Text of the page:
http://www.flatcadracing.org/
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« Reply #8 on: August 04, 2010, 10:16:34 AM »

I once saw a system using a bottle with a vent in the top and four small capiliary tubes running into hypodermic needles that were inserted into the intake rubbers (4 cyl bike) and apparently different sized needles were used to meter the water which was sucked up with the vacume effect.bottle being below the carbs of course.
did it work I dont have the foggyest idea but seems feasible.

Cheers Oz
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hotrod
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« Reply #9 on: August 04, 2010, 11:04:06 AM »

Quote
Could I add a 1" riser between the carb and the blower, and put the injector there?

That sort of injector plate is a common way for folks to add water injection to conventional carburetor NA engines. I would not expect any special problems in a blower application.
If the blower sucks through the carburetor, the water will also help cool and seal the blower rotors and improve its efficiency by reducing temperature gain during compression.

Larry
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wickedwagens
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« Reply #10 on: September 25, 2012, 10:28:30 PM »

I know this is an old post, but I thought I would ad our setup on here.  This is my friend Oz's turbo VW.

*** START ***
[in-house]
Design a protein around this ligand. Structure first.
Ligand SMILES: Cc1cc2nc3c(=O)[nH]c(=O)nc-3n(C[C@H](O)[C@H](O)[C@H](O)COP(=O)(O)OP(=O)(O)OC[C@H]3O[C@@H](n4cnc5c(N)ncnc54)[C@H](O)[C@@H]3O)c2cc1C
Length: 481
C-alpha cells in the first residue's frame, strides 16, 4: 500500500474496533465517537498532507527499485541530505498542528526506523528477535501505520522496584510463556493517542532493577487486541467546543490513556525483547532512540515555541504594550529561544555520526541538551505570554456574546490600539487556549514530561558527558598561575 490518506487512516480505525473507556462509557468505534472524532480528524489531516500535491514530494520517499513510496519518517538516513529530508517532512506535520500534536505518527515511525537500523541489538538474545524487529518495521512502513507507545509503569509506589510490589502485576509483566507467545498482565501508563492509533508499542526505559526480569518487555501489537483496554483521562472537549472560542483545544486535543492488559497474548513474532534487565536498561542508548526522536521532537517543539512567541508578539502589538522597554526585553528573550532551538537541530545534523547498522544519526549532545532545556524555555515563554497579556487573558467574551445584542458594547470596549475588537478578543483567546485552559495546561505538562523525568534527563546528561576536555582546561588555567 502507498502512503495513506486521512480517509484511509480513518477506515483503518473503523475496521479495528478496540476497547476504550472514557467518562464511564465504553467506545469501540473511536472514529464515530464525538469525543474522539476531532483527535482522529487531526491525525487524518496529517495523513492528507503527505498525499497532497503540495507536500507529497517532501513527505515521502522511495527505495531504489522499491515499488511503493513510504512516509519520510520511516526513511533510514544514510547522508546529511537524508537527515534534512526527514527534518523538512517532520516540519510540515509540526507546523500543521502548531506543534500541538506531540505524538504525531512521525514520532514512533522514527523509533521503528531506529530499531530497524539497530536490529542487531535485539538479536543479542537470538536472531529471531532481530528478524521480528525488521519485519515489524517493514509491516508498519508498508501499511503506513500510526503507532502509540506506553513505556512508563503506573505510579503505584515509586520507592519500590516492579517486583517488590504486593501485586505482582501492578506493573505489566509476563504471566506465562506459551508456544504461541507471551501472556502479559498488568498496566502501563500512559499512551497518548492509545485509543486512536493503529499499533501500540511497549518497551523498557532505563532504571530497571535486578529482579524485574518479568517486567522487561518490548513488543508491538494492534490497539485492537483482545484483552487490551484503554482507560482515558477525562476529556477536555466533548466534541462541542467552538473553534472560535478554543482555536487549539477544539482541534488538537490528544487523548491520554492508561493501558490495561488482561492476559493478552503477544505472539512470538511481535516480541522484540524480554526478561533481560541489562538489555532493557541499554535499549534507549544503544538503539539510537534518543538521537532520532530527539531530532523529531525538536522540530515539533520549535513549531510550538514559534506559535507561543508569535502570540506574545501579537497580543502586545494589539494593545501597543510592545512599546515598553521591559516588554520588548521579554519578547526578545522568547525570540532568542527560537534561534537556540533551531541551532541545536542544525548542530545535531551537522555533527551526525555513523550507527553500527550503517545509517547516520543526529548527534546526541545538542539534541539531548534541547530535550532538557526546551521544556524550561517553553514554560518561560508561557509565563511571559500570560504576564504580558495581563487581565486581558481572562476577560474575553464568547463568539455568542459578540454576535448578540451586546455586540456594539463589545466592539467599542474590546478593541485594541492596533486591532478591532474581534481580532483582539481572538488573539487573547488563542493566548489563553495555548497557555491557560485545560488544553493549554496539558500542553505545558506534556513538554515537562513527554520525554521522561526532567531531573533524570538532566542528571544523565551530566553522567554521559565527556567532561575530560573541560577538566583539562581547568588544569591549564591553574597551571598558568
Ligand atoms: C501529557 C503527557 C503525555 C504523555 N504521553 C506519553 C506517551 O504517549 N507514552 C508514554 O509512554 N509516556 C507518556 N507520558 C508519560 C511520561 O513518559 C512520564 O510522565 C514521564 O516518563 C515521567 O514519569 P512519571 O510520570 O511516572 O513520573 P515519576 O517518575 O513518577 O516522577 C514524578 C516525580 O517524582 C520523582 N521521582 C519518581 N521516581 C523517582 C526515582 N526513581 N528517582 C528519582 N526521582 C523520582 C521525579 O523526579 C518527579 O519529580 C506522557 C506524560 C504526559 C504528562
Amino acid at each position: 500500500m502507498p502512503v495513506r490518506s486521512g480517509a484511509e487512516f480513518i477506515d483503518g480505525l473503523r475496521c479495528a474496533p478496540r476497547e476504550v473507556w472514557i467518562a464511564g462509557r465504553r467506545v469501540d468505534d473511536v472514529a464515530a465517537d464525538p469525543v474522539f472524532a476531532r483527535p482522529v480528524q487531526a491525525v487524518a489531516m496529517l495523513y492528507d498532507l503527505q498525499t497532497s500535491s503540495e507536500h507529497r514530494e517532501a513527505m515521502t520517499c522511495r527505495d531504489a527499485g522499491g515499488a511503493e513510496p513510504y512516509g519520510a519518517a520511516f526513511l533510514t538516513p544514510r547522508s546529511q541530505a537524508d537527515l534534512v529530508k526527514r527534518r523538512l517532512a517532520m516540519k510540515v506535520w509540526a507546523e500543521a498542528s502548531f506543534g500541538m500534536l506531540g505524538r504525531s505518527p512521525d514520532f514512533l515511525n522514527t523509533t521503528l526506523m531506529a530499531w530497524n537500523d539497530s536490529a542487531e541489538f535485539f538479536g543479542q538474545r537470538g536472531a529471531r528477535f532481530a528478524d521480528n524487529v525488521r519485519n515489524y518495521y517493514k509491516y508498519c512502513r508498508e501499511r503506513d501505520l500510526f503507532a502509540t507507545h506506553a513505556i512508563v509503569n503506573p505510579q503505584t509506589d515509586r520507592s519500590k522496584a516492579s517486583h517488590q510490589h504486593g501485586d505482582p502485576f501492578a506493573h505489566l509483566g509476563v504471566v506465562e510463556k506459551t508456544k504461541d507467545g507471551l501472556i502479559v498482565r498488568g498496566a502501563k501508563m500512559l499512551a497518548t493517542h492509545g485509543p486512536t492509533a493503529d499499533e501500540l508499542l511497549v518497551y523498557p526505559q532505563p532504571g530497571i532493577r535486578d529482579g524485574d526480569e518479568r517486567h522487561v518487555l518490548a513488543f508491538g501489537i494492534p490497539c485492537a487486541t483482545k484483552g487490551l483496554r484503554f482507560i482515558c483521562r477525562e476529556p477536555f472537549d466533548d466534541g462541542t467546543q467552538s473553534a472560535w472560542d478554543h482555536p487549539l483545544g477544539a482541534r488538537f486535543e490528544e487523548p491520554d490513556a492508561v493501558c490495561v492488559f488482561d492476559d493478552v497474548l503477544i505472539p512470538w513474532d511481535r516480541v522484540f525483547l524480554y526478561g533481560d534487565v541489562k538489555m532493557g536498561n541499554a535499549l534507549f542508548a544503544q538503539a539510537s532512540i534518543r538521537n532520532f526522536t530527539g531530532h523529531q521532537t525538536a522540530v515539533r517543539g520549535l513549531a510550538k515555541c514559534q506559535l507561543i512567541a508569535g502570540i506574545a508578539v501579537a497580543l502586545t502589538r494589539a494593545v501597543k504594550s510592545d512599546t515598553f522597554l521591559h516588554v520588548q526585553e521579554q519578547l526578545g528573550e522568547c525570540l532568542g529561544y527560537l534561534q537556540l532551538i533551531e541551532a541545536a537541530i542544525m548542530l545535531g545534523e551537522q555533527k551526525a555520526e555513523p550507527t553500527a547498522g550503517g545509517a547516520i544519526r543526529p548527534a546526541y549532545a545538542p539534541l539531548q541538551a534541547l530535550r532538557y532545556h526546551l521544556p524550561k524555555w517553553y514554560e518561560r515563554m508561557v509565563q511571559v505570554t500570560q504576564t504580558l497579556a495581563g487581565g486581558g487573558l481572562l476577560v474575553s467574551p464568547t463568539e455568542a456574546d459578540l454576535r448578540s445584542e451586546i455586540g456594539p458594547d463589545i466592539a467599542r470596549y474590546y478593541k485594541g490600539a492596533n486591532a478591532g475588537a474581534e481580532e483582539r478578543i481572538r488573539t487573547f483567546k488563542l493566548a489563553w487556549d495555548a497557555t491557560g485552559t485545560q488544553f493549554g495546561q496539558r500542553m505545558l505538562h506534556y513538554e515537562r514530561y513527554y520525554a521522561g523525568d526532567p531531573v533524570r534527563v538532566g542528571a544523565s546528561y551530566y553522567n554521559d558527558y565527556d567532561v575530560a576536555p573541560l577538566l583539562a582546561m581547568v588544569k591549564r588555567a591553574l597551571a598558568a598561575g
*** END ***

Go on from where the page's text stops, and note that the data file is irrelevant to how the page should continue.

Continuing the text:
One line runs from the intake where it will see boost.  The other line runs to the top of the carb where a needle valve controls how much flows in.  Simple and works great.
 

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« Reply #11 on: September 26, 2012, 11:16:50 AM »

The 333 /BStR of Tom Walsh uses a water injection nozzle at the front of the Hilborn injector scoop. Works great, I don't know if the activation is electronically controlled or mechanical.

One point to remember is that the water tank is treated the same as the gas tank. The tank MUST be presented empty, then you can fill from a SEALED water bottle(the OEM factory seal is ok), the tank will then be sealed by an official the same as the gas tank. All refills, top offs will again come from a sealed bottle.

DW
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« Reply #12 on: September 26, 2012, 01:26:43 PM »

Same system I used on my 270 GMC in '78. I am sure I saw it some where before that time. Works great IMHO.